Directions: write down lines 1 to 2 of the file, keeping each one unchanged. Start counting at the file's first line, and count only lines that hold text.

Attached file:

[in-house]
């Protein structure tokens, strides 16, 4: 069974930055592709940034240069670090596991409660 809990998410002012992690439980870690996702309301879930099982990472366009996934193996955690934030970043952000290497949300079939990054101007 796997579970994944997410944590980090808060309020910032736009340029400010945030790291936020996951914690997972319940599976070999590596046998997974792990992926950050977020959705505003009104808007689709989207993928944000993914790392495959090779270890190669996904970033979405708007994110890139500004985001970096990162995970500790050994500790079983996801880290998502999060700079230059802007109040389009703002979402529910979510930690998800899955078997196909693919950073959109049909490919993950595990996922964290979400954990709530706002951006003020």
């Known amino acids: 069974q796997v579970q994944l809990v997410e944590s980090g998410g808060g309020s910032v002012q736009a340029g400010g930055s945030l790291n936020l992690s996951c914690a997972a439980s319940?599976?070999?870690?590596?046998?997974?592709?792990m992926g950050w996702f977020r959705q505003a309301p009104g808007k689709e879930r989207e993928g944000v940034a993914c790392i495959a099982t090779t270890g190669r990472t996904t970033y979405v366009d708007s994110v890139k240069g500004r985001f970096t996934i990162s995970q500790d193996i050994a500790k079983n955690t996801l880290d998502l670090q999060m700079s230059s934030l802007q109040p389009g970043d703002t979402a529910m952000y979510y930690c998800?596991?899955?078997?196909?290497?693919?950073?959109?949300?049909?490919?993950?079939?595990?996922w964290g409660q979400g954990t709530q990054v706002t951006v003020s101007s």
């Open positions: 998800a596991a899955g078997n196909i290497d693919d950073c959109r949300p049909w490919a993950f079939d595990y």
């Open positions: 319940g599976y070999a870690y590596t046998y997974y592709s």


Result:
[in-house]
């Protein structure tokens, strides 16, 4: 069974930055592709940034240069670090596991409660 809990998410002012992690439980870690996702309301879930099982990472366009996934193996955690934030970043952000290497949300079939990054101007 796997579970994944997410944590980090808060309020910032736009340029400010945030790291936020996951914690997972319940599976070999590596046998997974792990992926950050977020959705505003009104808007689709989207993928944000993914790392495959090779270890190669996904970033979405708007994110890139500004985001970096990162995970500790050994500790079983996801880290998502999060700079230059802007109040389009703002979402529910979510930690998800899955078997196909693919950073959109049909490919993950595990996922964290979400954990709530706002951006003020």